Transdermal drug delivery is advantageous over other conventional drug administration routes. However, it can be inefficient because of the natural barrier of the stratum corneum which is the uppermost layer of the skin. A previous study verified that the treatment of magainin pore-forming peptide with N-lauroylsarcosine (NLS) on human skin can increase skin permeability by 47-fold. However, NLS is well known as a potential skin irritant. The irritation potential of NLS is known to decrease when mixed with sorbitan monolaurate (S20). Encouraged by these results, we combined S20 with magainin-NLS to enhance transdermal drug transport with less skin irritation. In this study, nine groups with magainin and NLS:S20 mixtures at different concentrations and weight fractions were screened to maximize their synergistic effect. To quantify the efficacy to toxicity ratio of each formulation, we defined the ratio as the “enhancement ratio/irritation potential (ER/IP).” The ER was observed by Franz cell diffusion of the target drug fluorescein, and the IP was measured by the cytotoxicity of the NIH/3T3 mouse fibroblast cell line. As a result, the magainin with the NLS:S20 mixture increased the permeability of porcine skin as well as decreased the toxicity. Among the various combinations, a formulation of 2% (w/v) NLS:S20 with a weight fraction of 0.6:0.4 had the largest ER/IP. ATR-FTIR spectroscopy of the formulations and skin was done to analyze the interactions in the formulations themselves and between the formulations and the skin. Both the intercellular lipidic route and transcellular route through the stratum corneum protein were involved in the delivery of fluorescein. This study turned pore-forming peptides into an efficient and safe penetration enhancer by combining them with other chemical penetration enhancers. Moreover, this discovery could be a possible method for enabling the transdermal delivery of macromolecules.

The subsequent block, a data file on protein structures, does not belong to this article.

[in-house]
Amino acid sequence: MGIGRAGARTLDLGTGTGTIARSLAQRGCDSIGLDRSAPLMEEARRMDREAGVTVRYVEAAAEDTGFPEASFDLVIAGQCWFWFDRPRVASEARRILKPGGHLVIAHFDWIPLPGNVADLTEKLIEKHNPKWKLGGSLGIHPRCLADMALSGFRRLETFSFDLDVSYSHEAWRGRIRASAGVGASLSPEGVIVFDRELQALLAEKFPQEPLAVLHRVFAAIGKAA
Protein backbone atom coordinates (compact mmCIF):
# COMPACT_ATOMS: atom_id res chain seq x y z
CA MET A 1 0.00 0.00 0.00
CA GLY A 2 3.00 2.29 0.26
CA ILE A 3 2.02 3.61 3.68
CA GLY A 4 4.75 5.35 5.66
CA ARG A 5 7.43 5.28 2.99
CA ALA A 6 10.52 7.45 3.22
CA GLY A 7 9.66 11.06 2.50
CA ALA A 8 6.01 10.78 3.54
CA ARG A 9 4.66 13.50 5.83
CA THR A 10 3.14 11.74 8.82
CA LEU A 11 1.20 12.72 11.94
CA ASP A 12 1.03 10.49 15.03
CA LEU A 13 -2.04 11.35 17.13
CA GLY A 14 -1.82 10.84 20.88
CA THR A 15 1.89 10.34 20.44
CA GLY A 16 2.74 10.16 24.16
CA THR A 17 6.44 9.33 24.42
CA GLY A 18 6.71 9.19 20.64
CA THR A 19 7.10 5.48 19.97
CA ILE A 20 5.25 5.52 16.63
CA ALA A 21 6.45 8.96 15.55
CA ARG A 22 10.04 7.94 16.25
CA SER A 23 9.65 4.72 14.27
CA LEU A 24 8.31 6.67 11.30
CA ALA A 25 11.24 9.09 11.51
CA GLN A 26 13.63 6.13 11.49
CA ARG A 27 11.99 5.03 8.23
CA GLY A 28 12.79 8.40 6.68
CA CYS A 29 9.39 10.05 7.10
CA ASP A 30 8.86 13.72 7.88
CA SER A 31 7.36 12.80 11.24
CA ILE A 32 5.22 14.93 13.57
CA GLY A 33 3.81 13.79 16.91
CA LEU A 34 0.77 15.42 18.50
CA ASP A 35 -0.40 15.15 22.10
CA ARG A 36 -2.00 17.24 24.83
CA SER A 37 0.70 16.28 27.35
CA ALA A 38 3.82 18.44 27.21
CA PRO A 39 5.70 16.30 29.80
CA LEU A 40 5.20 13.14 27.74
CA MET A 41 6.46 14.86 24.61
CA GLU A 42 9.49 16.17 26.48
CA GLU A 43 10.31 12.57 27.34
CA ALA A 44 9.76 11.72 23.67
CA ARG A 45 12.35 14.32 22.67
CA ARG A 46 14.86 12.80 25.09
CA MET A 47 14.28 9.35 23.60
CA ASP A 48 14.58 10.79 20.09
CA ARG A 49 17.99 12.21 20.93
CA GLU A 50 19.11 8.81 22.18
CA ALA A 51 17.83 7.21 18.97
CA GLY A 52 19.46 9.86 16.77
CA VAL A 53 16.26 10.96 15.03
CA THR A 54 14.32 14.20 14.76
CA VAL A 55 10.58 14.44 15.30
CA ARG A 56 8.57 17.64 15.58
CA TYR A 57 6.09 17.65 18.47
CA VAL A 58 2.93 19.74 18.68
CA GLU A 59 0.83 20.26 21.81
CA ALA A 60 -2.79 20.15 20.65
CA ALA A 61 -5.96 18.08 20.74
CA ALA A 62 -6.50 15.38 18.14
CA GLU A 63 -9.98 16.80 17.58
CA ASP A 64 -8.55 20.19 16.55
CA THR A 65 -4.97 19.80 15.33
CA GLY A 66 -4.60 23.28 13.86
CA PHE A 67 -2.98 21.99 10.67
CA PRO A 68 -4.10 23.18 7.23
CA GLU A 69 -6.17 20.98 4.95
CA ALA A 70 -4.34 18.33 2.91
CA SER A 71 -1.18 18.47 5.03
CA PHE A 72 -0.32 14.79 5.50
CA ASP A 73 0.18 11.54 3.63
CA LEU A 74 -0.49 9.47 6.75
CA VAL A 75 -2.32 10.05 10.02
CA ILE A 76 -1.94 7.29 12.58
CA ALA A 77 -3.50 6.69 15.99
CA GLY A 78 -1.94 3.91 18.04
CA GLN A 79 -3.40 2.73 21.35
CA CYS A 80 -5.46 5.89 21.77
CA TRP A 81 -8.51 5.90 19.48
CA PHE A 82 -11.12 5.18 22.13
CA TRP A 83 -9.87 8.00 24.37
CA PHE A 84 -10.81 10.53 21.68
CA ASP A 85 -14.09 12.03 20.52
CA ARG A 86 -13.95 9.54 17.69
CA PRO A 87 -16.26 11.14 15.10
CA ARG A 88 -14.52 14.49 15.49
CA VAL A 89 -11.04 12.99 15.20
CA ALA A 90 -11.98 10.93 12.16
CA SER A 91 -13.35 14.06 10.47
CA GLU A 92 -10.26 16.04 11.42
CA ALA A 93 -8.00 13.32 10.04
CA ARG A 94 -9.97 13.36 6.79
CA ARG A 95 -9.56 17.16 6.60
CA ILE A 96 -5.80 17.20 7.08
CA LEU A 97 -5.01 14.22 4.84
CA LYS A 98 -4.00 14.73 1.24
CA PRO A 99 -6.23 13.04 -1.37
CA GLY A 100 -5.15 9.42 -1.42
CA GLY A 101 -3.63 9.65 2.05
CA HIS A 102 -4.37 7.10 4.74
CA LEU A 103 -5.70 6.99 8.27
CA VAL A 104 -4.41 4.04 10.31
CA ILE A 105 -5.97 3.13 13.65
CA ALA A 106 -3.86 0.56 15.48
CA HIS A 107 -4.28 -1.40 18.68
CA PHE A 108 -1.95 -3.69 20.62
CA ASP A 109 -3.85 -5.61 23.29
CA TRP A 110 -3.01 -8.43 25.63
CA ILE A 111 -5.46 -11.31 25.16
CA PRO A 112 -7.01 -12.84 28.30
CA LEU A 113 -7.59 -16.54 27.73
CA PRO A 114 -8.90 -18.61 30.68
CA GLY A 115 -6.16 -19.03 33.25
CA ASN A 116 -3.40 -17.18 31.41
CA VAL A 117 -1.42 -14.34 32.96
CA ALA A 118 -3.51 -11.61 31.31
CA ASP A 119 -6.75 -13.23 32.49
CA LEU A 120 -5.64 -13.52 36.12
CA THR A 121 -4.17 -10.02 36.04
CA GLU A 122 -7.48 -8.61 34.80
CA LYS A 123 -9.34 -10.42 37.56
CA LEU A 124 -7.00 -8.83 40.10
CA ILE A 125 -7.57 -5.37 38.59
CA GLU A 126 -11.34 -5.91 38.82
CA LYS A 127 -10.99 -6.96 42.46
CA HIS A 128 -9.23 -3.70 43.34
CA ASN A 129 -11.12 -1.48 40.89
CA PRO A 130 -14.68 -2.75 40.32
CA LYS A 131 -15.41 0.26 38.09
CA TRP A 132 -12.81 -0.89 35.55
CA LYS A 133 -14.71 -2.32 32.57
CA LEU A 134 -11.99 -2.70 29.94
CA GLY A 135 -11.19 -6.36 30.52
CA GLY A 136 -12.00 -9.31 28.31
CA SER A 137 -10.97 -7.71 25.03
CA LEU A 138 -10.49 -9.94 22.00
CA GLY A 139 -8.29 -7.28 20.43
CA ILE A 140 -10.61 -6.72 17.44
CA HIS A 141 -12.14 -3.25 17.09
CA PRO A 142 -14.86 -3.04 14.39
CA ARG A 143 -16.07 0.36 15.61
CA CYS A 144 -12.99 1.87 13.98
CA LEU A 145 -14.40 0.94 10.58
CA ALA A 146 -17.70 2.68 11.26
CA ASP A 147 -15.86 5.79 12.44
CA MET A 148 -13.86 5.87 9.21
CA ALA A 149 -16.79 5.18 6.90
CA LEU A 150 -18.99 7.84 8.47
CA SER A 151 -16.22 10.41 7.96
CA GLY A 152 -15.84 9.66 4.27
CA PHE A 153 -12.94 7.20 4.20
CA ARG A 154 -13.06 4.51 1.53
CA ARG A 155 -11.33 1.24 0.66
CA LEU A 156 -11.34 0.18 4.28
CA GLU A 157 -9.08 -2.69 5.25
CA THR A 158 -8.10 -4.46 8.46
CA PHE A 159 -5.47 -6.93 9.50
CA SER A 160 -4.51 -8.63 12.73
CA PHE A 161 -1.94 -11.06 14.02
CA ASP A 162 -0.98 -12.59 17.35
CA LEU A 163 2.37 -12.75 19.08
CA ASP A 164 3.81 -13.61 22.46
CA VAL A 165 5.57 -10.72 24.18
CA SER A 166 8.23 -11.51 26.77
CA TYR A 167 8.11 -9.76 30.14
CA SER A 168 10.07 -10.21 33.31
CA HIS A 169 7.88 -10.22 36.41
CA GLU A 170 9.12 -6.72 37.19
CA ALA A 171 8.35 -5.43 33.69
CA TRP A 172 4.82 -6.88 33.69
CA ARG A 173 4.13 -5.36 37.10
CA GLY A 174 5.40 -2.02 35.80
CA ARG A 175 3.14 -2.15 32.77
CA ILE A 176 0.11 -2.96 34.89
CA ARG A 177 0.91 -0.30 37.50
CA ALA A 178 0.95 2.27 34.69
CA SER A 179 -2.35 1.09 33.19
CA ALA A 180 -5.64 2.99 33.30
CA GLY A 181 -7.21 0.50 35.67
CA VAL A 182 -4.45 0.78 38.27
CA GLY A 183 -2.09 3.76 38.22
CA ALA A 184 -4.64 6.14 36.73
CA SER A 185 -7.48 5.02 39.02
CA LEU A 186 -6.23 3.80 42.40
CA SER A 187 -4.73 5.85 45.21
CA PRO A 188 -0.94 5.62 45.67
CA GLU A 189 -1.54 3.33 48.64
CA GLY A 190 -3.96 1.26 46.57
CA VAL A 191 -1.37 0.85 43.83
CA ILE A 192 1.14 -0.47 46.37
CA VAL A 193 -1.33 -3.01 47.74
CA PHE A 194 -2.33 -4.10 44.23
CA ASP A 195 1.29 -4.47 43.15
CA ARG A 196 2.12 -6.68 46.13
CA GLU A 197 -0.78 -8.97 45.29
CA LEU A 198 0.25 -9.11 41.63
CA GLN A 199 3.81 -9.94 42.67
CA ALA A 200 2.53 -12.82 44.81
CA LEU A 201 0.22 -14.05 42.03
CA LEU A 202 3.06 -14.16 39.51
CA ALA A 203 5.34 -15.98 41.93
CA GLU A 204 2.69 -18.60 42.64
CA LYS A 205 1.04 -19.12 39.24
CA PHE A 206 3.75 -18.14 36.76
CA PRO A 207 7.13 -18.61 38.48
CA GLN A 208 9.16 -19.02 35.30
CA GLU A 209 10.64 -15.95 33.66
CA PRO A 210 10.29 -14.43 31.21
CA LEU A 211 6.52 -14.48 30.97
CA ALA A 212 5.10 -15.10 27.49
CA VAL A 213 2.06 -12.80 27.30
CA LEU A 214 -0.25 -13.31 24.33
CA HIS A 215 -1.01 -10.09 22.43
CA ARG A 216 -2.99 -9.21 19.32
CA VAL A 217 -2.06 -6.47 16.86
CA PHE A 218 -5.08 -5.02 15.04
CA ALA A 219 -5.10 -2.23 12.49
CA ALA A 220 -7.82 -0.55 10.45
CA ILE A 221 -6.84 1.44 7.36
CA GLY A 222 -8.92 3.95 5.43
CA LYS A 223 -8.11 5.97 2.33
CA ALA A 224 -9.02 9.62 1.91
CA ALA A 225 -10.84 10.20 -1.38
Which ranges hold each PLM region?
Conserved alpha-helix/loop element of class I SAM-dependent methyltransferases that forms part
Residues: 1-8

This is a preview of subscription content, log in to check access.
Porcine skin was kindly donated by the Heart Research Center of Chonnam National University.
This work was supported financially by the Ministry of Science, ICT, and Future Planning (Project No. NRF-2014M3A9E4064580); Advanced Biomass R&D Center (ABC) of the Global Frontier Project funded by the Ministry of Science, ICT, and Future Planning (NRF-2015M3A6A2074238); and the KUSTAR-KAIST Institute at KAIST.
Compliance with ethical standards
Conflict of interest
The authors declare that they have no conflict of interest.
Prausnitz MR, Mitragotri S, Langer R. Current status and future potential of transdermal drug delivery. Nat Rev Drug Discov. 2004;3:115–24.CrossRefPubMedGoogle Scholar